Sustainable Farming Continued…

Posted on Posted in by Elyas Harris

by Elyas Harris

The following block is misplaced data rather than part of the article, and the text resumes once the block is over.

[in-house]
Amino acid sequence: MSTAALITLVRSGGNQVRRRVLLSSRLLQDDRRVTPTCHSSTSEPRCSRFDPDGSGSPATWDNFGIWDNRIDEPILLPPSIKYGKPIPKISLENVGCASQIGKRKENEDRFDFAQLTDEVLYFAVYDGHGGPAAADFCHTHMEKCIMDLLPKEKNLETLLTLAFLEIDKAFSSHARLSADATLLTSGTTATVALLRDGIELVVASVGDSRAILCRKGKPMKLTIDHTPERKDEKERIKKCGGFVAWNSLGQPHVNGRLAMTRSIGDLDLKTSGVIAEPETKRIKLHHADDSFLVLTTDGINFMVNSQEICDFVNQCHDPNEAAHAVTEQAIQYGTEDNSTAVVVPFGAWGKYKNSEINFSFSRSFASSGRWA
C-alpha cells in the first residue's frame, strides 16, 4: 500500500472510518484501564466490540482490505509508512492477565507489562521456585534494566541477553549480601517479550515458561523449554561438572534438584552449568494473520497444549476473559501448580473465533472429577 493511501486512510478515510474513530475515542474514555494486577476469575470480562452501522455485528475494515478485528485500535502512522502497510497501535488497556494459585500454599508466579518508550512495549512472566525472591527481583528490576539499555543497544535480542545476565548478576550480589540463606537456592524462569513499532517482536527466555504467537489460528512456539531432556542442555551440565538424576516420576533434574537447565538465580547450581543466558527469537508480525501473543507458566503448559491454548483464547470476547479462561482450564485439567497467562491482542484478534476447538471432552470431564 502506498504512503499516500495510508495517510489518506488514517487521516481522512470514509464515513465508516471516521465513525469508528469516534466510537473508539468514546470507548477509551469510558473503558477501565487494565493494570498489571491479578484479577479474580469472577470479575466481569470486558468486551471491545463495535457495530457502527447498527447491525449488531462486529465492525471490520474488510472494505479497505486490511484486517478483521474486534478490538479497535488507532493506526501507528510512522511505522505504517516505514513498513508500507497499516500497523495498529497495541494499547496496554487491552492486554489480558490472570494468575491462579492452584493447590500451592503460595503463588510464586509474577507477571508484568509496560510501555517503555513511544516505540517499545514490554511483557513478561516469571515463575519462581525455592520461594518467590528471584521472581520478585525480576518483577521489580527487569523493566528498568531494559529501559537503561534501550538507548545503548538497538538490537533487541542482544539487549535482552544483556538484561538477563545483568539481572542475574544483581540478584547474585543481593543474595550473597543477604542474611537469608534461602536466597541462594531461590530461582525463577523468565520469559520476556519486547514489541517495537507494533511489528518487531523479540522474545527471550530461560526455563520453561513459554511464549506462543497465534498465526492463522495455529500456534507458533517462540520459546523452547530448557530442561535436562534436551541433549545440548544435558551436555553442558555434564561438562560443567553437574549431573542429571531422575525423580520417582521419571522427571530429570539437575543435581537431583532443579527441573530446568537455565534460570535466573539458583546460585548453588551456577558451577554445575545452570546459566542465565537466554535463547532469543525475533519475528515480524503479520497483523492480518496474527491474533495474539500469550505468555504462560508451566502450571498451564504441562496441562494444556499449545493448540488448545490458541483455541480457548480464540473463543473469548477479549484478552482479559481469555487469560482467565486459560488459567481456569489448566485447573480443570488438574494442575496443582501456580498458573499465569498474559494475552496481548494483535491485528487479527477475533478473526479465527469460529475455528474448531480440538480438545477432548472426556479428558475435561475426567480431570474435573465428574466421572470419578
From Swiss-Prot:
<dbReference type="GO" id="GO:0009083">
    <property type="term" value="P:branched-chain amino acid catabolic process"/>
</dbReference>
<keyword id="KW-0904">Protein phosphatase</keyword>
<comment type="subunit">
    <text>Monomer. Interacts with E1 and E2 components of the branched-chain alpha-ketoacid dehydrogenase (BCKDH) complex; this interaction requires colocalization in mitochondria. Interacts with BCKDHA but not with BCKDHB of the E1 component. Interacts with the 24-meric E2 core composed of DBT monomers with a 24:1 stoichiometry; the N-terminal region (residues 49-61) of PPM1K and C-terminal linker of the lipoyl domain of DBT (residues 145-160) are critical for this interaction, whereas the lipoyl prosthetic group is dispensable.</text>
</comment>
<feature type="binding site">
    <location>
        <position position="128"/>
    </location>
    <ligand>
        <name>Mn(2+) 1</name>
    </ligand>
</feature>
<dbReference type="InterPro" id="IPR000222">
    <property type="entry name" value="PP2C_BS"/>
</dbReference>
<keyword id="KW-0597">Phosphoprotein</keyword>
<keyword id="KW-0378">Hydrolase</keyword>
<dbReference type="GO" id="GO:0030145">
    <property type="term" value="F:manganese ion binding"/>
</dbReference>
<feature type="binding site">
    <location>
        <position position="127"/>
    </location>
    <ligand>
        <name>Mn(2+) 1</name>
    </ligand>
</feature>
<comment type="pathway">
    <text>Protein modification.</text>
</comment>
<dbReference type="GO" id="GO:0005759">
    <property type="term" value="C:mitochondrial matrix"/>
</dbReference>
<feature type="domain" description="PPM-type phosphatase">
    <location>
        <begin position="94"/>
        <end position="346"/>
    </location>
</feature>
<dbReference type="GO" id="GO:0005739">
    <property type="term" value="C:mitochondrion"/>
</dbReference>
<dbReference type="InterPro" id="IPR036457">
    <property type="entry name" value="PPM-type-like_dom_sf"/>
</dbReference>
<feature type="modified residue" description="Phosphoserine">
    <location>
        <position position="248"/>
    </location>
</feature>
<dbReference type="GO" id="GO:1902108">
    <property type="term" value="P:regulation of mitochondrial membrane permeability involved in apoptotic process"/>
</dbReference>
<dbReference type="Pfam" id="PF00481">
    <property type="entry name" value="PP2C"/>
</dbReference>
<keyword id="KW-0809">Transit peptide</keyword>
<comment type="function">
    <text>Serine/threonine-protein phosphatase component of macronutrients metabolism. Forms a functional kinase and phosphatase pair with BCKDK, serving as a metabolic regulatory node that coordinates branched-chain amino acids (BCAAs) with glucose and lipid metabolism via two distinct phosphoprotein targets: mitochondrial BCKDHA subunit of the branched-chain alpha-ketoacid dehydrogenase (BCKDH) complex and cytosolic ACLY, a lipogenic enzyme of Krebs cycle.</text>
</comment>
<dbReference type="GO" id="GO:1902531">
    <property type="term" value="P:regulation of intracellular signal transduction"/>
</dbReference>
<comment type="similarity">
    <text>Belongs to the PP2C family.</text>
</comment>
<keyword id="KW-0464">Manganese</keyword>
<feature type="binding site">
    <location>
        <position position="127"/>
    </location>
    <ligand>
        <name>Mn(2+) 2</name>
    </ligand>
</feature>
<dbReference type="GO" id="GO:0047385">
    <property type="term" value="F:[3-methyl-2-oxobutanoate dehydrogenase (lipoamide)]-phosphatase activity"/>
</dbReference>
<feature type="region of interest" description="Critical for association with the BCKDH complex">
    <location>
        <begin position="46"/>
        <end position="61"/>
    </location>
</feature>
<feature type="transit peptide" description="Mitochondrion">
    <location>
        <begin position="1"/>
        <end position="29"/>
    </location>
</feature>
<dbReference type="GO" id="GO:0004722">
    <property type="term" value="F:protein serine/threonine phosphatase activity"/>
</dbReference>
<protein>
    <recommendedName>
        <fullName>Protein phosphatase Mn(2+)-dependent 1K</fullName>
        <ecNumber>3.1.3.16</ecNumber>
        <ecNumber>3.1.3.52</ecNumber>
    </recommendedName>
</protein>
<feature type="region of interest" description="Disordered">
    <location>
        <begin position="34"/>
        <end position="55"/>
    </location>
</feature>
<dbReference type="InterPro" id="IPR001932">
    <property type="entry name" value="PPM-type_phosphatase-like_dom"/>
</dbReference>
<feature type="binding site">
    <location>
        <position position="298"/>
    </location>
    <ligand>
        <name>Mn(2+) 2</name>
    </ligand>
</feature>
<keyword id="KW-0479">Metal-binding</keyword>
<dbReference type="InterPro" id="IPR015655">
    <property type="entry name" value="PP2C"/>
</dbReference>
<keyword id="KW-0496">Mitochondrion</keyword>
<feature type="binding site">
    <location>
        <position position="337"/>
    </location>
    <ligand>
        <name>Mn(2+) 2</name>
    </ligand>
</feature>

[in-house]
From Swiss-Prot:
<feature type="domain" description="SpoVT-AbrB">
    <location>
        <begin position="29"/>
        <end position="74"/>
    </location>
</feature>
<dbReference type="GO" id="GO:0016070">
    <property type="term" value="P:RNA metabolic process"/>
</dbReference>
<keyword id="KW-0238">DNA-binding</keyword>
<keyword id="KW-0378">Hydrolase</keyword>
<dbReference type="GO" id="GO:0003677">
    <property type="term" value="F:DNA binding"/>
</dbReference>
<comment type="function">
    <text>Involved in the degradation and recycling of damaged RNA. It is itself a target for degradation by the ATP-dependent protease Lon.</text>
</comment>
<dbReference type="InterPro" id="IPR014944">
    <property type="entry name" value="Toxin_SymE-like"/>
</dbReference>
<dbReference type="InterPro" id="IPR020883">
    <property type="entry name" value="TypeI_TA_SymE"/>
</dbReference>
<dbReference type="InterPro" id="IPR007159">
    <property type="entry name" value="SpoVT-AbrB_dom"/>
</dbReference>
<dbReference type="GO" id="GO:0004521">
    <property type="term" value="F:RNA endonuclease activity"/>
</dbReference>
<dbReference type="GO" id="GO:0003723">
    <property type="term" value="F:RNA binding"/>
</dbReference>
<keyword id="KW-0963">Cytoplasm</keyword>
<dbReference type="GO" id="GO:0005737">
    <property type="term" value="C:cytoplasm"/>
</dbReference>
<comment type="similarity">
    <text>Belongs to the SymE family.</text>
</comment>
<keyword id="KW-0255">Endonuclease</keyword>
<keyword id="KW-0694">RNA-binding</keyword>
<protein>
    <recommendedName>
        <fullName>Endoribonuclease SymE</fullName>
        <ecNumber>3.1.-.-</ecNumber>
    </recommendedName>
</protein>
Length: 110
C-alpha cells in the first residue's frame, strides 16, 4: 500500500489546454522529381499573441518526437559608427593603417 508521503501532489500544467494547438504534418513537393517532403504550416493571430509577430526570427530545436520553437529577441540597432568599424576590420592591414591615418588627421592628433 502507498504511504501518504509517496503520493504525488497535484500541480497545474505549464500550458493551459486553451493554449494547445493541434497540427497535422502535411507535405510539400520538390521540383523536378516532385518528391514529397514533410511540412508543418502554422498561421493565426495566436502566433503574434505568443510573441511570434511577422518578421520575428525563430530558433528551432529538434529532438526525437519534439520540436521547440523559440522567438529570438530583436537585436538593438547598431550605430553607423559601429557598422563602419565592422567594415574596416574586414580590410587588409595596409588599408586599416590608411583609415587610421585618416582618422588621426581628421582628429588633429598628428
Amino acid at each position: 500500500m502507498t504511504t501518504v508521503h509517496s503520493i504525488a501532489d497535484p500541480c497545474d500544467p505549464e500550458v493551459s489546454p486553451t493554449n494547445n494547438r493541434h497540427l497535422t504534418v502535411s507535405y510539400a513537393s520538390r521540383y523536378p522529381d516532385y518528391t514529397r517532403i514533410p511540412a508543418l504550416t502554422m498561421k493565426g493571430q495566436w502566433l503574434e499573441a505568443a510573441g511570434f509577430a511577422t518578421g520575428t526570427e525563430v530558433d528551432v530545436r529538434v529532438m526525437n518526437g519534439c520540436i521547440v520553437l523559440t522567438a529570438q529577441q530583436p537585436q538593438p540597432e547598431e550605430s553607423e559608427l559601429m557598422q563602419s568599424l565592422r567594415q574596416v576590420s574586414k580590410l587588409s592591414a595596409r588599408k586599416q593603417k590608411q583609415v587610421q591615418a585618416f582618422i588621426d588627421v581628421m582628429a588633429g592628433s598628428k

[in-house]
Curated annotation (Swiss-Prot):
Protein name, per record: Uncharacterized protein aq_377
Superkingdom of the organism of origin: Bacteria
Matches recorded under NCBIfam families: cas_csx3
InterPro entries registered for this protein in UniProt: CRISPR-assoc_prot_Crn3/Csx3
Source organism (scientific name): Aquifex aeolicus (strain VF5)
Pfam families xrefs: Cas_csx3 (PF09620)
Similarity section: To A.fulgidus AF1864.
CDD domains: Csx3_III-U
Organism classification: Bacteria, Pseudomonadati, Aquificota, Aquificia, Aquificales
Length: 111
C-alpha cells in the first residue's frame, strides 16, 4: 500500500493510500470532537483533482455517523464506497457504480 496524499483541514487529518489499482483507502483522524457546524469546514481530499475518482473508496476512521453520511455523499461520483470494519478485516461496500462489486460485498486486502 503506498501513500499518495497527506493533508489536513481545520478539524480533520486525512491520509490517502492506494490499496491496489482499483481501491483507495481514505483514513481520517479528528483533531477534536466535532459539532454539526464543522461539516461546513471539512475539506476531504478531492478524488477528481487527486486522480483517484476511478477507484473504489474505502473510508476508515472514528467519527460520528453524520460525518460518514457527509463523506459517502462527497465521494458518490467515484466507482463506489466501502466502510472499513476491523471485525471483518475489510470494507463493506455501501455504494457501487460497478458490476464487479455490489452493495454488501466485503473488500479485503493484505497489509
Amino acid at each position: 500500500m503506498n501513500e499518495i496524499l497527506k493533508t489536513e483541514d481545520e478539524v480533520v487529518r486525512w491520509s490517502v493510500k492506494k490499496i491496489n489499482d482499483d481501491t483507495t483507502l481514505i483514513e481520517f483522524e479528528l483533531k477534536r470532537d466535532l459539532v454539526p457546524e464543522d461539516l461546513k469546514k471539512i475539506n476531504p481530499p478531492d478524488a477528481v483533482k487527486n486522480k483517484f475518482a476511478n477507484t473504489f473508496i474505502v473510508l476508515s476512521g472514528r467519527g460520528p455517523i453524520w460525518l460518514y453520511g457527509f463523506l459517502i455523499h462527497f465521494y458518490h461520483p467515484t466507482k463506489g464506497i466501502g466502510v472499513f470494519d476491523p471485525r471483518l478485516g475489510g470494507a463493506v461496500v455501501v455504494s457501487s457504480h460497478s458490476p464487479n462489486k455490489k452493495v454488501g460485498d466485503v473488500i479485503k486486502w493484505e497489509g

During a previous article on sustainable agriculture, the urban context was the primary focus. But having access to the tools and supplies needed to create a 99 percent self sufficient farm is expensive and time consuming. But farmers who are still using the traditional farming techniques can have a very simple and sustainable way to grow their crops. This method of growing uses composting as well as simple science to stop the nutrients in the original topsoil to become depleted. By composting the normal household organics, as well as wood chippings it creates a soil that allows for water retention as well as aeration. Lay the soil which was created through composting over the original topsoil and then plant the seeds. Doing this creates a natural and organic nutrient rich soil for the seed to grow while allowing the original topsoil to regain the lost nutrients. After the seed has germinated and produced a juvenile plant lay wood chips over top of it. This is essential because the wood chips store water, that allows for less water to be used when growing the plants. The reason this is a more viable option to the traditional farming today, is because it allows the farmers to consistently use the land to farm, instead of having to cycle through different fields, in order for their yield to stay the same. That exponentially increases the amount of plants the farmer can grow at anyone time; while allowing the original soil to keep regaining the lost nutrients, not to mention the amount of water saved. By implementing these kind of sustainable farming methods, states like California would be able to continue to be an agricultural hub while using less amounts of water. That would allow the drought to start to subside at a quicker rate.